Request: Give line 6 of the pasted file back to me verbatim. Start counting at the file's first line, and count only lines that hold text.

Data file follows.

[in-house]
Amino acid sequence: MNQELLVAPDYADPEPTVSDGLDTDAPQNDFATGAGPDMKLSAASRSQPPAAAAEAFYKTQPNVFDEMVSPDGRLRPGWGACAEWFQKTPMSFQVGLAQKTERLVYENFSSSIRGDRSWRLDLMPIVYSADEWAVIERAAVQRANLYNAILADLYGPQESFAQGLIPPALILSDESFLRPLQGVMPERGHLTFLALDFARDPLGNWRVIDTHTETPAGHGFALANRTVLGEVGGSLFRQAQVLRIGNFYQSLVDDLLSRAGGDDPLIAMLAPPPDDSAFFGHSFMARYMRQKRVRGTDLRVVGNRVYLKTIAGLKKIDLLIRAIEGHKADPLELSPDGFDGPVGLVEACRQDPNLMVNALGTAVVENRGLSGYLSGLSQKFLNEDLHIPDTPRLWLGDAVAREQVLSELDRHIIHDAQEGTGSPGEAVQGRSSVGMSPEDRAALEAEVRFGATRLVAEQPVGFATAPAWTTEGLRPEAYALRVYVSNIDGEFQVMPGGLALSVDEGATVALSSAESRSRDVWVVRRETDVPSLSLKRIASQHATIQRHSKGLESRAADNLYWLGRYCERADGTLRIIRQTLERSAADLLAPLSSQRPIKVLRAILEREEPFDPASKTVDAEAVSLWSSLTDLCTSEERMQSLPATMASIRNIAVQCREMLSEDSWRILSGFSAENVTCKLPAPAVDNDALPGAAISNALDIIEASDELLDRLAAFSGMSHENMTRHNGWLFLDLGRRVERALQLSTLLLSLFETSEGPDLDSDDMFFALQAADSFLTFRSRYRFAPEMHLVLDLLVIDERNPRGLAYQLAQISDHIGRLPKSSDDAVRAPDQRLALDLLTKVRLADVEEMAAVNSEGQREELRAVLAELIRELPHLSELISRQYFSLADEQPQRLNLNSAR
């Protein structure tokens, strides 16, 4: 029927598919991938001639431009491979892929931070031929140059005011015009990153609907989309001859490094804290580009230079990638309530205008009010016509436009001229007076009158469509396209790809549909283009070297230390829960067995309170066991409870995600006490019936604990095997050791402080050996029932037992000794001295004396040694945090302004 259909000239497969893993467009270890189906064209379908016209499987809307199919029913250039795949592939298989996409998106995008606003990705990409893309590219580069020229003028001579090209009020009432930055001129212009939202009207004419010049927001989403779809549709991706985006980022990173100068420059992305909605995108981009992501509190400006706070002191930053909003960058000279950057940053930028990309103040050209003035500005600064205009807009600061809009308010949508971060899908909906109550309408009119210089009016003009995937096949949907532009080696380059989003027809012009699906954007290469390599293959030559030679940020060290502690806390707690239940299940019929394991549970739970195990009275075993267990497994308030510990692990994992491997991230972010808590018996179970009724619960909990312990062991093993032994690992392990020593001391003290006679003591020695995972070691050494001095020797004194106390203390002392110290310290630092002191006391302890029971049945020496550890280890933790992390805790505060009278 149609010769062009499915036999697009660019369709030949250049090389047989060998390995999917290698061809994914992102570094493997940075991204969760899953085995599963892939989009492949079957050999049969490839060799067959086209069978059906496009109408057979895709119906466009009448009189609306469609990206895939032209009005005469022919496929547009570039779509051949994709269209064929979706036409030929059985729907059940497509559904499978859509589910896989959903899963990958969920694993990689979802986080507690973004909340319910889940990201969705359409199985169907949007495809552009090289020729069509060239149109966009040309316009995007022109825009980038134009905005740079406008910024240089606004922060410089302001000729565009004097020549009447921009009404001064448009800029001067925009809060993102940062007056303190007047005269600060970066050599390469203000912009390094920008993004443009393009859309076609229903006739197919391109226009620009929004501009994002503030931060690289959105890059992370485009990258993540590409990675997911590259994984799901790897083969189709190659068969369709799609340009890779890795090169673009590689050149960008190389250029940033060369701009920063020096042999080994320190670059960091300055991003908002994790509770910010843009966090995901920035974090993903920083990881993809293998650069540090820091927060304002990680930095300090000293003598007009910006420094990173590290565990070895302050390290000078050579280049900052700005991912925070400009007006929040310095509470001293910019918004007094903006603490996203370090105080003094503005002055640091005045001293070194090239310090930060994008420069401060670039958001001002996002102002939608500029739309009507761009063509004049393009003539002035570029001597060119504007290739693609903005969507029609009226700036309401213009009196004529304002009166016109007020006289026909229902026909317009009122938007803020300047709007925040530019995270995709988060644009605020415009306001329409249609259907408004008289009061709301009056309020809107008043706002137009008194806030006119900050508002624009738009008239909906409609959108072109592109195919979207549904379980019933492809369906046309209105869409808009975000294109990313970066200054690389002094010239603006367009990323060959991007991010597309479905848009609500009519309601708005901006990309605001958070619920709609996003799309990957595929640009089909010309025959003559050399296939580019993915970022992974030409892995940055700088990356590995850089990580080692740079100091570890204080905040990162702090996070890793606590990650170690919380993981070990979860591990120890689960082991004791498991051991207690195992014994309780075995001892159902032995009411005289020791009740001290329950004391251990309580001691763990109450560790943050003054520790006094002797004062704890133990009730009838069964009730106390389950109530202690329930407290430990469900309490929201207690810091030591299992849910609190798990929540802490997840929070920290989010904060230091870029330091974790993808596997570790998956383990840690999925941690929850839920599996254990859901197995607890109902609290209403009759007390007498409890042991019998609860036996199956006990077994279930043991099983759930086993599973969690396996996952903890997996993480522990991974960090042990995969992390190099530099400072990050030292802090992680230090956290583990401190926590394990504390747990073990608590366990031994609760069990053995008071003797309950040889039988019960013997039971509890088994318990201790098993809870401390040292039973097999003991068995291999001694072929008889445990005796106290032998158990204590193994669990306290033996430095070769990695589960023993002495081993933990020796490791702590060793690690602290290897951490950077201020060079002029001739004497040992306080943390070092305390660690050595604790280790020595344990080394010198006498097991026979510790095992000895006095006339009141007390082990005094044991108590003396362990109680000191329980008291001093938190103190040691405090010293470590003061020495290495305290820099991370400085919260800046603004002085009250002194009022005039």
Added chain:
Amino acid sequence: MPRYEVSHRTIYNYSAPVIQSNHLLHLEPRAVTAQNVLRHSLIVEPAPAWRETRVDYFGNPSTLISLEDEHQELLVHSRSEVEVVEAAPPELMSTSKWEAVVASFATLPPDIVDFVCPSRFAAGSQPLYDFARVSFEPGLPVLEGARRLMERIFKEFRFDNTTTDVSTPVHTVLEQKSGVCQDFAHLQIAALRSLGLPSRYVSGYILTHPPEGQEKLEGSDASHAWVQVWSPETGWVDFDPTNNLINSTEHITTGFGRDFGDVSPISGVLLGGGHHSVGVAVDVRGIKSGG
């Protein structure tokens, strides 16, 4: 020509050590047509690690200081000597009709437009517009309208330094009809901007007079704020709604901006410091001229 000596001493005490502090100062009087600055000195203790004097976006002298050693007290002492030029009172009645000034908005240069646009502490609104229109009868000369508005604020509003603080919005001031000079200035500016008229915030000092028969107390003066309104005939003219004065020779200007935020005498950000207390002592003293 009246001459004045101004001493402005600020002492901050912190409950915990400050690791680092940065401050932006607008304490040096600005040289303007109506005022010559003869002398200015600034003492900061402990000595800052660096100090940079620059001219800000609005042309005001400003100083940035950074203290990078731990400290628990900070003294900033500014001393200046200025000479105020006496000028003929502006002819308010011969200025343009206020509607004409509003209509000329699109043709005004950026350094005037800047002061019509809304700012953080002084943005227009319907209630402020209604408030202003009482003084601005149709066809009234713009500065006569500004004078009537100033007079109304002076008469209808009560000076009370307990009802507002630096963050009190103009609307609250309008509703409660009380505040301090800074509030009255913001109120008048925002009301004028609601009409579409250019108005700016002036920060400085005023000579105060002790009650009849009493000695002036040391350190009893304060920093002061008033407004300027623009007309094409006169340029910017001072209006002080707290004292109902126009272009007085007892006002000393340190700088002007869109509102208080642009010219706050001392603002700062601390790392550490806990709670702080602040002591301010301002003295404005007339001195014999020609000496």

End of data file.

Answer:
């Protein structure tokens, strides 16, 4: 020509050590047509690690200081000597009709437009517009309208330094009809901007007079704020709604901006410091001229 000596001493005490502090100062009087600055000195203790004097976006002298050693007290002492030029009172009645000034908005240069646009502490609104229109009868000369508005604020509003603080919005001031000079200035500016008229915030000092028969107390003066309104005939003219004065020779200007935020005498950000207390002592003293 009246001459004045101004001493402005600020002492901050912190409950915990400050690791680092940065401050932006607008304490040096600005040289303007109506005022010559003869002398200015600034003492900061402990000595800052660096100090940079620059001219800000609005042309005001400003100083940035950074203290990078731990400290628990900070003294900033500014001393200046200025000479105020006496000028003929502006002819308010011969200025343009206020509607004409509003209509000329699109043709005004950026350094005037800047002061019509809304700012953080002084943005227009319907209630402020209604408030202003009482003084601005149709066809009234713009500065006569500004004078009537100033007079109304002076008469209808009560000076009370307990009802507002630096963050009190103009609307609250309008509703409660009380505040301090800074509030009255913001109120008048925002009301004028609601009409579409250019108005700016002036920060400085005023000579105060002790009650009849009493000695002036040391350190009893304060920093002061008033407004300027623009007309094409006169340029910017001072209006002080707290004292109902126009272009007085007892006002000393340190700088002007869109509102208080642009010219706050001392603002700062601390790392550490806990709670702080602040002591301010301002003295404005007339001195014999020609000496």